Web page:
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At one time or another, everybody is vulnerable to personal prejudice, and these prejudices frequently contribute to poor decisions (Bolland, E., & Fletcher, F. 2012). These choices do not sound wrong when they are taken, but they turn out to be bad when examined later. We should not lose sight of the fact that the wrong decisions can be taken by high-ranking administrators and managers who are usually expected to make sound decisions regularly. Such poor judgments are affected by biases such as overconfidence bias, self-confirmation, and hindsight bias.
I have encountered a bad decision by my manager as a result of the self-confirming bias. Kourdi, J. (2011) defines bias as the tendency to seek out information that confirms an individual's held belief. I was working under a manger as a junior Human Resource assistant manager, and my main role was to run checks on the potential candidates. Unfortunately, my manager already liked a particular candidate based on his conviction about her.
This decision was bad since, instead of running a neutral check on the potential candidate, the manager decided to look for recommendations that would only satisfy his wish. In fact, the candidate tested positive to drug tests despite the fact that the manager had cleared her health report. This decision was, therefore, a bad one because the manager was biased.
Bolland, E., & Fletcher, F. (2012) define overconfidence bias as an error which is normally made when calculating statistical probabilities and therefore arises when someone has a higher confidence in himself or herself than the skills or abilities he or she possesses.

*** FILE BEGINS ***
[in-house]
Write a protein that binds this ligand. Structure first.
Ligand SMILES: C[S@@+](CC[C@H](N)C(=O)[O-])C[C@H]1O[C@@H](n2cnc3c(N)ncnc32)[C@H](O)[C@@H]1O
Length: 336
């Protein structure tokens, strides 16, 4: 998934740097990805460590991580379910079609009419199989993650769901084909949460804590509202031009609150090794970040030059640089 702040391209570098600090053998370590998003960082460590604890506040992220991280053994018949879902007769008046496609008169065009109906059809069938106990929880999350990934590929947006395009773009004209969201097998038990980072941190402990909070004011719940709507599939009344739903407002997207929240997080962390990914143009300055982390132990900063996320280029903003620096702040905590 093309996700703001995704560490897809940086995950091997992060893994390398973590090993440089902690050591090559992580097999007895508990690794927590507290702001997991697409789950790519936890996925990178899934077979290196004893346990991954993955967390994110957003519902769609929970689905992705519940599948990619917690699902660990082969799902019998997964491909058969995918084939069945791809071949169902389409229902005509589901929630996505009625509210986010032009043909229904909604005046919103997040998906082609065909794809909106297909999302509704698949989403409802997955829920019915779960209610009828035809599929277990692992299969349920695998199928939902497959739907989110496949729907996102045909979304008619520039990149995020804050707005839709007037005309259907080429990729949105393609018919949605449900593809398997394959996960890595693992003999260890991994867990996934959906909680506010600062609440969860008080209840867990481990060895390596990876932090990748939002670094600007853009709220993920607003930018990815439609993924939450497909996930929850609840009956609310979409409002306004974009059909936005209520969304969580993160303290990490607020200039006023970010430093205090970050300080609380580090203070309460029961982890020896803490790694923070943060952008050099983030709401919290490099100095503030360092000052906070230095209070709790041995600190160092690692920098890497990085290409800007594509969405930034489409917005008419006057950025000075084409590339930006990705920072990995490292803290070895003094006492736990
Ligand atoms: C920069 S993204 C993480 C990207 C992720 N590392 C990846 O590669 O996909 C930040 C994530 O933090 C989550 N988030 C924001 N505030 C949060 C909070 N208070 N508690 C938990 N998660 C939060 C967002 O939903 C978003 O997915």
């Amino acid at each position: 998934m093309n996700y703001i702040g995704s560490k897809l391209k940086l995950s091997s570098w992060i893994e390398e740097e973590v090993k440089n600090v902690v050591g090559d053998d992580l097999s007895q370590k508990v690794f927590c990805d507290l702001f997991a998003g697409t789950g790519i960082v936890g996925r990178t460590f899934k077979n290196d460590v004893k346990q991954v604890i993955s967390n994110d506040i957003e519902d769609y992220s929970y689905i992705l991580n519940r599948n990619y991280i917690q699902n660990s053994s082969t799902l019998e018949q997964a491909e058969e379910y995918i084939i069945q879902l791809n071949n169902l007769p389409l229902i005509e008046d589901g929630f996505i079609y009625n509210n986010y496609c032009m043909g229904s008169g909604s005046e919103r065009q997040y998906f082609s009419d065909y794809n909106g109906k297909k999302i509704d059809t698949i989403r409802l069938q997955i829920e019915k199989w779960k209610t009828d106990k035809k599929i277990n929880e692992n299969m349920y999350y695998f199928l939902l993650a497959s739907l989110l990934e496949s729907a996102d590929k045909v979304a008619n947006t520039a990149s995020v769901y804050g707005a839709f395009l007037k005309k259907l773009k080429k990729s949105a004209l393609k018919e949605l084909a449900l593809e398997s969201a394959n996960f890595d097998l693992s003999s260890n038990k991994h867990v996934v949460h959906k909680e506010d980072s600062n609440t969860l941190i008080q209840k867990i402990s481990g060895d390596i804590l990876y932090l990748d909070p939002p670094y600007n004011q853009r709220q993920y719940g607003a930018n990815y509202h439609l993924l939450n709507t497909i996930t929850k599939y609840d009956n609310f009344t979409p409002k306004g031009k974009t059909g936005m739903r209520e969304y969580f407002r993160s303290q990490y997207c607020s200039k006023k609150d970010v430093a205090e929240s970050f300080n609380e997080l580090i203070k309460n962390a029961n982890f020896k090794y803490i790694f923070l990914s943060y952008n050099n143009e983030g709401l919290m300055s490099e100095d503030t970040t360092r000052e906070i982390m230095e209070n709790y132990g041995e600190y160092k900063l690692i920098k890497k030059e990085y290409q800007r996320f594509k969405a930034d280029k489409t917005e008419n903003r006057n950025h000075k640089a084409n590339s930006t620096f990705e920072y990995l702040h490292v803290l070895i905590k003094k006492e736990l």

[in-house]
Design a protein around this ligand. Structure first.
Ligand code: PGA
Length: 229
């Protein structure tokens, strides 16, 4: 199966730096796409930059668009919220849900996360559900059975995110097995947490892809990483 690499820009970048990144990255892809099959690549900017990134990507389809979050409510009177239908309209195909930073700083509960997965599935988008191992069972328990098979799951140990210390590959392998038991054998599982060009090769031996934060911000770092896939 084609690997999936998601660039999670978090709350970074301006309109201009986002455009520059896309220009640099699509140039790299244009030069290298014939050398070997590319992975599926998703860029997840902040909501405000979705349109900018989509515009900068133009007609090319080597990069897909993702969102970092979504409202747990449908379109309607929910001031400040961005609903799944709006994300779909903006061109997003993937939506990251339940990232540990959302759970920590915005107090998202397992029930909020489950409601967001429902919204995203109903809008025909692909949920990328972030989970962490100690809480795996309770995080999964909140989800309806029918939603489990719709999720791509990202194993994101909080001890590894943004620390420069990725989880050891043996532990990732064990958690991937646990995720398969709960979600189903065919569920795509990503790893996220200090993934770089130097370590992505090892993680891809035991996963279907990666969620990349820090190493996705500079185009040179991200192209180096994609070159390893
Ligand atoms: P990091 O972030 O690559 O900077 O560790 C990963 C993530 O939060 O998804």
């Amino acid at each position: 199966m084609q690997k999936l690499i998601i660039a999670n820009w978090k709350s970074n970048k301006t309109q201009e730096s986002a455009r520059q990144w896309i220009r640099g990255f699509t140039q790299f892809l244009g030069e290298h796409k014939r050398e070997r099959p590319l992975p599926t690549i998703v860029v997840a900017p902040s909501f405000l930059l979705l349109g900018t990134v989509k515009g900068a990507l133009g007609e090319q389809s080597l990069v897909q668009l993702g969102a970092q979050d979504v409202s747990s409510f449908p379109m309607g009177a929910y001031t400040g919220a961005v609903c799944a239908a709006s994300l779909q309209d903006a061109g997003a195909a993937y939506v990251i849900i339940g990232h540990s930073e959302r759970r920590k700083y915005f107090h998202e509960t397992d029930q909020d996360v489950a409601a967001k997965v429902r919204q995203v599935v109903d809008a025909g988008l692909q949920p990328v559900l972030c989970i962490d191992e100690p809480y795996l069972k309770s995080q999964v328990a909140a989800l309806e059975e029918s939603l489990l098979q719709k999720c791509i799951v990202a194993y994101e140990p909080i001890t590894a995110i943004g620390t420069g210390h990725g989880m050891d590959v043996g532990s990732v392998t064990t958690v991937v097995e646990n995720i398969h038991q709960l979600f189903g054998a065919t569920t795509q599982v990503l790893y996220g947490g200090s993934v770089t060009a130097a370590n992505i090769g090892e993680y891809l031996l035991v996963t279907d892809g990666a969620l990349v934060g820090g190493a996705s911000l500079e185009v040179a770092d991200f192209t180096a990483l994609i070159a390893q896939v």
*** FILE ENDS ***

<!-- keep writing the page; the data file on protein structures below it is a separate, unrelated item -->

My managers at an agricultural firm made a bad decision based on the overconfidence bias. With the rise in the level of technology and innovation in the agricultural industry, our competitors were growing and enlarging their market share. It was evident that they would pose a stiff competition if we did not act as fast as they did.
However, the management declined to heed to my ideas in which I proposed the incorporation of the new technology in the production and distribution of our products. The management felt that the firm was big enough and could not face competition from any other “small’ firm in the sector. This was a bad decision since the competitors, using new technology and innovations, managed to outdo our firm in the market share of the agricultural sector.
This bias is also known as the “knew-it-all-along effect.” This bias is a tendency of individuals to see past results as easily predictable even when they were not foreseeable. Because of this bias, people often view events as more predictable than they are and they easily forget the uncertainty that existed before the event happened (Kourdi, J. 2011).
Using the above scenario of the agricultural firm decision, the management realized that the competitors had overtaken us and they had to constitute a team to review the decisions and suggests a way forward. The team mentioned that the management declined to be more innovative and adopt new technology in production and distribution.
However, the management blatantly refused to accept the recommendation and rather said that they knew all along that their products were not good enough in the market. They instead blamed it on the inadequate resources at the firm. This was a bad decision because had they admitted their mistake, the review team would have had an opportunity to come up with better recommendations.
I would recommend my supervisor to read Bolland, E., & Fletcher, F. (2012) to be aware of various biases that a leader is prone to and how to deal with these biases as and when they arise.
Bolland, E., & Fletcher, F. (2012). Solutions: Business problem-solving. (Available from Trident Online Library. Read only the relevant chapters.)
Kourdi, J. (2011). Chapter 10: Avoiding the pitfalls and developing an action plan. Effective Decision Making: 10 Steps to Better Decision Making and Problem Solving. London: Marshall Cavendish International [Asia] Pte Ltd. [eBook Business Collection]
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